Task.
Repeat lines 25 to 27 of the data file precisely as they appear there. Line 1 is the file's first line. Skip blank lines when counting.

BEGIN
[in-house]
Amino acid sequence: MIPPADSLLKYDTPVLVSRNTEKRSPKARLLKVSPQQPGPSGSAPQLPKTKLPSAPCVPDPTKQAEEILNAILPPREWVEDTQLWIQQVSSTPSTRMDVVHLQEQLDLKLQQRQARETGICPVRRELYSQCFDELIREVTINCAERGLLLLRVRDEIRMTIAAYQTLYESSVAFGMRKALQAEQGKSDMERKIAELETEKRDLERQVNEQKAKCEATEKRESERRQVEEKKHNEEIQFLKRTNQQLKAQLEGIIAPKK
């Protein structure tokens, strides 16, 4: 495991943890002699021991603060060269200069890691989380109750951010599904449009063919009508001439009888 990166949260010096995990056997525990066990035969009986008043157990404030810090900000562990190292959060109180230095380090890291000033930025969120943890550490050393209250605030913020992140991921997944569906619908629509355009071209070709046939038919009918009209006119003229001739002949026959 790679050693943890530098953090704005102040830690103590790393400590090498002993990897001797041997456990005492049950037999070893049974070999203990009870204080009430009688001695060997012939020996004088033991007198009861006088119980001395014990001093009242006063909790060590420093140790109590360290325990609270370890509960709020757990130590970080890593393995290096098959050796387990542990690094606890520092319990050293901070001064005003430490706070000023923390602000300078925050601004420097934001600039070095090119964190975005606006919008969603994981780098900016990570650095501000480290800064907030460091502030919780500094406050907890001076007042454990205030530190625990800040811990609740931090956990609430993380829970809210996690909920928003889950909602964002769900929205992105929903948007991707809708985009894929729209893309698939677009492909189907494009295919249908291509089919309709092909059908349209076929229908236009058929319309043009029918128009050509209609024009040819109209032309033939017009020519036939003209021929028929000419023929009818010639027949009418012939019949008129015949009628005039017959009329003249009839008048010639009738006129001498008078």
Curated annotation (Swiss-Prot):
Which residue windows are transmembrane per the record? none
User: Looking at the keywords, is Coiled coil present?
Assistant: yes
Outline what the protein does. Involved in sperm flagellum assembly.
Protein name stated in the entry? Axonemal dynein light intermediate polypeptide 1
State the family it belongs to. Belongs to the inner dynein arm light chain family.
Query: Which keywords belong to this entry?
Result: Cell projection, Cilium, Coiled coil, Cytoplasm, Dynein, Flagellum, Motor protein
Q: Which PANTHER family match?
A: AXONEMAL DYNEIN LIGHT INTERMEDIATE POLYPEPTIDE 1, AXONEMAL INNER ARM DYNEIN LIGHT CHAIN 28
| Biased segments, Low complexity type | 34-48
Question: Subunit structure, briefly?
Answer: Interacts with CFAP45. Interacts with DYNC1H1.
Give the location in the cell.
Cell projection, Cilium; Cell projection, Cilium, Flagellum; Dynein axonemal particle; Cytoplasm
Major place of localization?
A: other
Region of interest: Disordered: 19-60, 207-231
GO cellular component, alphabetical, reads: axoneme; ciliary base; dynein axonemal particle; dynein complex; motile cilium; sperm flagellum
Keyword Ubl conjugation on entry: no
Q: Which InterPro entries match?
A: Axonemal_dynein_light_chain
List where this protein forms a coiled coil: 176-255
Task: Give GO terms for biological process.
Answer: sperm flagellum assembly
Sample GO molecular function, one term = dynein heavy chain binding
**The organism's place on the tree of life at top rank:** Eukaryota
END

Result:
Q: Which InterPro entries match?
A: Axonemal_dynein_light_chain
List where this protein forms a coiled coil: 176-255